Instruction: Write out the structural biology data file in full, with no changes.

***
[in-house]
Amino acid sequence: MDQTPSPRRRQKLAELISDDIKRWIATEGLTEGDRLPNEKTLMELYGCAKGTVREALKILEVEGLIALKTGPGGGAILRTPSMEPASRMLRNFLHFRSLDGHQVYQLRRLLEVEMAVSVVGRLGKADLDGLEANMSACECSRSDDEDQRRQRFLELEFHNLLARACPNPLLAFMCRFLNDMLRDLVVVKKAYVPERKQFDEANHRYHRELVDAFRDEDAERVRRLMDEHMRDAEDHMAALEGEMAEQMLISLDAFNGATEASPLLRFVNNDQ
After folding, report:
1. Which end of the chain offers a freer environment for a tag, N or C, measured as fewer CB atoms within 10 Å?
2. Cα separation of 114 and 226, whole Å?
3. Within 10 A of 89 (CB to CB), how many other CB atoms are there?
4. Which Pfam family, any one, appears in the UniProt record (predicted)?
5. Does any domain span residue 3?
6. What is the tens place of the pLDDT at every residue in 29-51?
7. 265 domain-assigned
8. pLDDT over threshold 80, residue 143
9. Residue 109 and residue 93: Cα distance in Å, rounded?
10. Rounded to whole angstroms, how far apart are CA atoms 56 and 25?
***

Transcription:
[in-house]
Amino acid sequence: MDQTPSPRRRQKLAELISDDIKRWIATEGLTEGDRLPNEKTLMELYGCAKGTVREALKILEVEGLIALKTGPGGGAILRTPSMEPASRMLRNFLHFRSLDGHQVYQLRRLLEVEMAVSVVGRLGKADLDGLEANMSACECSRSDDEDQRRQRFLELEFHNLLARACPNPLLAFMCRFLNDMLRDLVVVKKAYVPERKQFDEANHRYHRELVDAFRDEDAERVRRLMDEHMRDAEDHMAALEGEMAEQMLISLDAFNGATEASPLLRFVNNDQ
After folding, report:
1. Which end of the chain offers a freer environment for a tag, N or C, measured as fewer CB atoms within 10 Å?
2. Cα separation of 114 and 226, whole Å?
3. Within 10 A of 89 (CB to CB), how many other CB atoms are there?
4. Which Pfam family, any one, appears in the UniProt record (predicted)?
5. Does any domain span residue 3?
6. What is the tens place of the pLDDT at every residue in 29-51?
7. 265 domain-assigned
8. pLDDT over threshold 80, residue 143
9. Residue 109 and residue 93: Cα distance in Å, rounded?
10. Rounded to whole angstroms, how far apart are CA atoms 56 and 25?